Severe acute respiratory syndrome coronavirus 2 (SARS-CoV-2) is the pathogen responsible for the coronavirus disease 2019 (COVID-19) pandemic, which has resulted in global healthcare crises and strained health resources. As the population of patients recovering from COVID-19 grows, it is paramount to establish an understanding of the healthcare issues surrounding them. COVID-19 is now recognized as a multi-organ disease with a broad spectrum of manifestations. Similarly to post-acute viral syndromes described in survivors of other virulent coronavirus epidemics, there are increasing reports of persistent and prolonged effects after acute COVID-19. Patient advocacy groups, many members of which identify themselves as long haulers, have helped contribute to the recognition of post-acute COVID-19, a syndrome characterized by persistent symptoms and/or delayed or long-term complications beyond 4 weeks from the onset of symptoms. Here, we provide a comprehensive review of the current literature on post-acute COVID-19, its pathophysiology and its organ-specific sequelae. Finally, we discuss relevant considerations for the multidisciplinary care of COVID-19 survivors and propose a framework for the identification of those at high risk for post-acute COVID-19 and their coordinated management through dedicated COVID-19 clinics.


Subject(s)
COVID-19/complications , SARS-CoV-2 , Acute Disease , COVID-19/epidemiology , COVID-19/ethnology , COVID-19/therapy , Cardiovascular Diseases/epidemiology , Cardiovascular Diseases/therapy , Humans , Patient Advocacy , Syndrome , Systemic Inflammatory Response Syndrome/epidemiology , Systemic Inflammatory Response Syndrome/therapy , Venous Thromboembolism/epidemiology , Venous Thromboembolism/prevention & control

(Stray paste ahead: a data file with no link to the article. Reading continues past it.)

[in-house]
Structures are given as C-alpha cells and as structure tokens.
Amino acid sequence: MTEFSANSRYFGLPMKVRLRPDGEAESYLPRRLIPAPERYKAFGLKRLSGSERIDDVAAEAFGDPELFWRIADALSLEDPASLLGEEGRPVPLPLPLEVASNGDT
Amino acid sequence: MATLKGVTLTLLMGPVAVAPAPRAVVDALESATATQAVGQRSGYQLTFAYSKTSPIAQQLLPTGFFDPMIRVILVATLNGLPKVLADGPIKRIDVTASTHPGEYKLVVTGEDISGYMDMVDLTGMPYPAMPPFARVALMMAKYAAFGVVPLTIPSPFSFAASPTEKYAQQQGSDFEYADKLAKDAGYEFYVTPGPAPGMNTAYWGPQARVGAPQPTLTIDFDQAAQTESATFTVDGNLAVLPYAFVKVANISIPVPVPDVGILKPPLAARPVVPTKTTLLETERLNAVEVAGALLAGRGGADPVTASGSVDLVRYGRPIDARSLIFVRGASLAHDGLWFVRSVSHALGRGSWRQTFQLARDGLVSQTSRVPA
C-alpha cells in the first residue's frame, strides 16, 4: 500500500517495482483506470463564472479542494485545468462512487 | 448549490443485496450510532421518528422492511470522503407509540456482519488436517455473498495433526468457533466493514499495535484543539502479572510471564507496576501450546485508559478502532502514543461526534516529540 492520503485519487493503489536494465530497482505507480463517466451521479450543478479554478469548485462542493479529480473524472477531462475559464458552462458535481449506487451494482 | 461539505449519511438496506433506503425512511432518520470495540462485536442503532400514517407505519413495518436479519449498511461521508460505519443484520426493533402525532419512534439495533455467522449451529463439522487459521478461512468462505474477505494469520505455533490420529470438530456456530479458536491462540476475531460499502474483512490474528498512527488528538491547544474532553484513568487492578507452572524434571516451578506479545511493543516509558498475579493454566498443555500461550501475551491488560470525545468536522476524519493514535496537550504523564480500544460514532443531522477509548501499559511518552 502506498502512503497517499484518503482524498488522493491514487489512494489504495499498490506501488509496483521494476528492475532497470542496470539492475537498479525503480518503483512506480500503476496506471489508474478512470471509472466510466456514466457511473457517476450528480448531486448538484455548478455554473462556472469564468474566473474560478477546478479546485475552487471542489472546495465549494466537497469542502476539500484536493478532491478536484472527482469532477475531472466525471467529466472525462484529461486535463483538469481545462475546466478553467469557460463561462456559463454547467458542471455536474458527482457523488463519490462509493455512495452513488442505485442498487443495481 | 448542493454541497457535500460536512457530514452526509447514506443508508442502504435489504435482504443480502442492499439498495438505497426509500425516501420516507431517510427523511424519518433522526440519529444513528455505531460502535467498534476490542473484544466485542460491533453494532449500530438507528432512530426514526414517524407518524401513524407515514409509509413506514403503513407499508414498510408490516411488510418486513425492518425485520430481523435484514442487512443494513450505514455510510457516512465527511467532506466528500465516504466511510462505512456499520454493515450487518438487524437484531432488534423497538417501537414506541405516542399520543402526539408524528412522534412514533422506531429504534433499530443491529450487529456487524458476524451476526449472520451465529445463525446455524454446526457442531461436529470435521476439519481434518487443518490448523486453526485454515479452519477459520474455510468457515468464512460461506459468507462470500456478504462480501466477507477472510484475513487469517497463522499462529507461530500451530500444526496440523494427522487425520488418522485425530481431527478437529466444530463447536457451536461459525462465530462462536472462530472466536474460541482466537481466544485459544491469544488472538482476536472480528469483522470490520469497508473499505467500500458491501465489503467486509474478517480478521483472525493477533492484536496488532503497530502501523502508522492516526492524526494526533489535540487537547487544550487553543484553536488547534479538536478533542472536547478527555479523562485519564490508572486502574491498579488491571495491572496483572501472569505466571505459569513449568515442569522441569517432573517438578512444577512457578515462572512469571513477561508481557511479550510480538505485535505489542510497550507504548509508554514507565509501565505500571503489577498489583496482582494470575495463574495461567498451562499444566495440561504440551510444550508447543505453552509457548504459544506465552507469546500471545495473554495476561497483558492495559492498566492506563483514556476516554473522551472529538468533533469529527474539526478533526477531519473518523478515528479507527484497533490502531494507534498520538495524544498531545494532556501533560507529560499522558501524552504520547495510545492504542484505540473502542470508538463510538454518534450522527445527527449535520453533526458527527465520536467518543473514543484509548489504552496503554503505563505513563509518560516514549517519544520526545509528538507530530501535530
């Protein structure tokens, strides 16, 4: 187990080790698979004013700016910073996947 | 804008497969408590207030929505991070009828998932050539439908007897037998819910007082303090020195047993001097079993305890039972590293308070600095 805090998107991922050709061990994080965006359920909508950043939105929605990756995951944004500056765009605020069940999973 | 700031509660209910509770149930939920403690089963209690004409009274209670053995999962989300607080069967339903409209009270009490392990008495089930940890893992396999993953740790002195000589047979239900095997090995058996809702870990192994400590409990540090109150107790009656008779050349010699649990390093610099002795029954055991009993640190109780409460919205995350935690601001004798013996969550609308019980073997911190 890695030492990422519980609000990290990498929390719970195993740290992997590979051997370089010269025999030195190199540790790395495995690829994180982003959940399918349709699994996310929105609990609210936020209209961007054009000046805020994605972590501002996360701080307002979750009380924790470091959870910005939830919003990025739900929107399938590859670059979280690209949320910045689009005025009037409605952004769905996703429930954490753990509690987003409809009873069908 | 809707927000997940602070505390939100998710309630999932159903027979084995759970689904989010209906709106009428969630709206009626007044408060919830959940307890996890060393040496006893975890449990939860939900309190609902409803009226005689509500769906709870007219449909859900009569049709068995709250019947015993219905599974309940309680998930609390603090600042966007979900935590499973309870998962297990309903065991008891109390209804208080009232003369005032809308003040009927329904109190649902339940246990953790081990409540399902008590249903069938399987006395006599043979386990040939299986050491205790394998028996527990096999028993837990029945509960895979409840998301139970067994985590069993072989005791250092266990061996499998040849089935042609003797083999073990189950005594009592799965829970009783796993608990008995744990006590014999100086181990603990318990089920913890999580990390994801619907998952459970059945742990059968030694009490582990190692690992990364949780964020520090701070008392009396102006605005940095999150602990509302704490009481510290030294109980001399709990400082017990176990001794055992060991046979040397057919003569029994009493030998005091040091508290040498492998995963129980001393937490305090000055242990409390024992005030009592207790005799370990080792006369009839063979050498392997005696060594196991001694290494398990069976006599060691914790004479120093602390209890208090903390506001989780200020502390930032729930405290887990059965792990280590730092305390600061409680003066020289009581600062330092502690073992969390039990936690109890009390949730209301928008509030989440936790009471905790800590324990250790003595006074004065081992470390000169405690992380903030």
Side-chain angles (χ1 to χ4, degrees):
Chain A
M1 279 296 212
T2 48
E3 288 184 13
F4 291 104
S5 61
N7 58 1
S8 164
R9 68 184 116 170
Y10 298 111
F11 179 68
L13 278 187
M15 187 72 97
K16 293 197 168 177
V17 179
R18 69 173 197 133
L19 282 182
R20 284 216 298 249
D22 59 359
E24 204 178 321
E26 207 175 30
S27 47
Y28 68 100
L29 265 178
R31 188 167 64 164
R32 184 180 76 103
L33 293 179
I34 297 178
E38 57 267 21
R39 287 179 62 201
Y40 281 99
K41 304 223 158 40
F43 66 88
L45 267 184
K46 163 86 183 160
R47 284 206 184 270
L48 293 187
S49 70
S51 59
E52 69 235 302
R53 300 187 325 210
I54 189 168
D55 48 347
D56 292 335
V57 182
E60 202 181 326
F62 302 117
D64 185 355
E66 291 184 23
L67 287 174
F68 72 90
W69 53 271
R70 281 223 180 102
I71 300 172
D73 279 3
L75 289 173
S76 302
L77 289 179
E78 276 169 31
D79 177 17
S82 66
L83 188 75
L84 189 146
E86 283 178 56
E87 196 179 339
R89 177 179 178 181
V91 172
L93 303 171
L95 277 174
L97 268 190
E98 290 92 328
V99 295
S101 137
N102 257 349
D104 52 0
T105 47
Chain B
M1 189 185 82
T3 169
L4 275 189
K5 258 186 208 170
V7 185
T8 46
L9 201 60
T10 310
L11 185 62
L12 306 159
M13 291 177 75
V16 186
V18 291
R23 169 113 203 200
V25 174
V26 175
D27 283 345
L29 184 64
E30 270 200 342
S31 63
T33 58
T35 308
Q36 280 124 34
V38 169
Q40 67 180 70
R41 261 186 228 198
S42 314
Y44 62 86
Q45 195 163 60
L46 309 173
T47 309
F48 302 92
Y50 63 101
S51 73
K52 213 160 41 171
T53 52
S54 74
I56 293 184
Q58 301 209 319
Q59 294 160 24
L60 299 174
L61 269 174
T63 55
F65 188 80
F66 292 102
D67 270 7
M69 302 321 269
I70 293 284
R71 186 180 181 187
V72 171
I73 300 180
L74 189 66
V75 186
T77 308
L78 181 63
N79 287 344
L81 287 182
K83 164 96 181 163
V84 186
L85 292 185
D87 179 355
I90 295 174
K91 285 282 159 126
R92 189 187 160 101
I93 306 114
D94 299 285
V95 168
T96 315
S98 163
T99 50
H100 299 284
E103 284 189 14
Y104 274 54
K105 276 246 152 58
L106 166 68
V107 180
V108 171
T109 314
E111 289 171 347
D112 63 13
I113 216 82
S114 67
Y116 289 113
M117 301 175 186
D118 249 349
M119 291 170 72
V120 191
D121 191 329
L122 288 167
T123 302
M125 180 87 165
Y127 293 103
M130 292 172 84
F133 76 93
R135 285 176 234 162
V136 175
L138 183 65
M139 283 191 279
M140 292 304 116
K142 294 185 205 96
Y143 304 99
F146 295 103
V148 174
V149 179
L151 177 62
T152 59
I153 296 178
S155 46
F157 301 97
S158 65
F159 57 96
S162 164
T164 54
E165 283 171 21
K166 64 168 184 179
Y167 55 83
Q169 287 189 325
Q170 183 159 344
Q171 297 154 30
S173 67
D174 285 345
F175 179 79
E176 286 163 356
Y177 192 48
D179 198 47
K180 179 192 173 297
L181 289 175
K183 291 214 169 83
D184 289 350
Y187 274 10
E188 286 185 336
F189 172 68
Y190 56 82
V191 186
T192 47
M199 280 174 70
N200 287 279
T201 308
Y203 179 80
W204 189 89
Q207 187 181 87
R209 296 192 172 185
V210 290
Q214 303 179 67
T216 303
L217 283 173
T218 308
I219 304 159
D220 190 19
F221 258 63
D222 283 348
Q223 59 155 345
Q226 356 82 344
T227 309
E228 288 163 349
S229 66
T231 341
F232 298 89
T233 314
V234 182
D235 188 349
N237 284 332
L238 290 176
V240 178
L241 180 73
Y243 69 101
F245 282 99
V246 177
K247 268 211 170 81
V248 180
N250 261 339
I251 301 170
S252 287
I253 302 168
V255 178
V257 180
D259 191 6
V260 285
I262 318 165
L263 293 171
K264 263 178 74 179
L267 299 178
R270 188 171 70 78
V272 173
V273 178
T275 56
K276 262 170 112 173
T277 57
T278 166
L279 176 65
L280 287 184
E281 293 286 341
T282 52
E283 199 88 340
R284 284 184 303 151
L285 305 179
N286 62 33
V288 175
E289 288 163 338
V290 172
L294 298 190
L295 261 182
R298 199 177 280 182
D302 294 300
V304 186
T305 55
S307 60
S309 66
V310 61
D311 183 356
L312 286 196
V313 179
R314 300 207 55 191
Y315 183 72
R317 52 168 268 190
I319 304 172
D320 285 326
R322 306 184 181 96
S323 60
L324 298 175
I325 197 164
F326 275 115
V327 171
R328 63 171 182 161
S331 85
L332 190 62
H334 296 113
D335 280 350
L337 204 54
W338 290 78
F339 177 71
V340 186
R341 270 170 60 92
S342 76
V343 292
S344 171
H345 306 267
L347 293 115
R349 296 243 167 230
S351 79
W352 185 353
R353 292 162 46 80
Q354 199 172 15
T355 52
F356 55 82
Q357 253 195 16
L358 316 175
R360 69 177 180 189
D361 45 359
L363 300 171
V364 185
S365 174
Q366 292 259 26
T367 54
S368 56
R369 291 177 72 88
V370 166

4.
Open Forum Infect Dis ; 8(6): ofab201, 2021 Jun.
Article in English | MEDLINE | ID: covidwho-1261052

ABSTRACT

BACKGROUND: Patients hospitalized with coronavirus disease 2019 (COVID-19) are at increased risk of health care-associated infections (HAIs), especially with prolonged hospital stays. We sought to identify incidence, antimicrobial susceptibilities, and outcomes associated with bacterial/fungal secondary infections in a large cohort of patients with COVID-19. METHODS: We evaluated adult patients diagnosed with COVID-19 between 2 March and 31 May 2020 and hospitalized >24 hours. Data extracted from medical records included diagnoses, vital signs, laboratory results, microbiological data, and antibiotic use. Microbiologically confirmed bacterial and fungal pathogens from clinical cultures were evaluated to characterize community- and health care-associated infections, including describing temporal changes in predominant organisms on presentation and throughout hospitalization. Univariable and multivariable logistic regression analyses were performed to investigate risk factors for HAIs. RESULTS: A total of 3028 patients were included and accounted for 899 positive clinical cultures. Overall, 516 (17%) patients with positive cultures met criteria for infection. Community-associated coinfections were identified in 183 (6%) patients, whereas HAIs occurred in 350 (12%) patients. Fifty-seven percent of HAIs were caused by gram-negative bacteria and 19% by fungi. Antibiotic resistance increased with longer hospital stays, with incremental increases in the proportion of vancomycin resistance among enterococci and ceftriaxone and carbapenem resistance among Enterobacterales. Intensive care unit stay, invasive mechanical ventilation, and steroids were associated with HAIs. CONCLUSIONS: HAIs occur in a small proportion of patients hospitalized with COVID-19 and are most often caused by gram-negative and fungal pathogens. Antibiotic resistance is more prevalent with prolonged hospital stays. Antimicrobial stewardship is imperative in this population to minimize unnecessary broad-spectrum antibiotic use.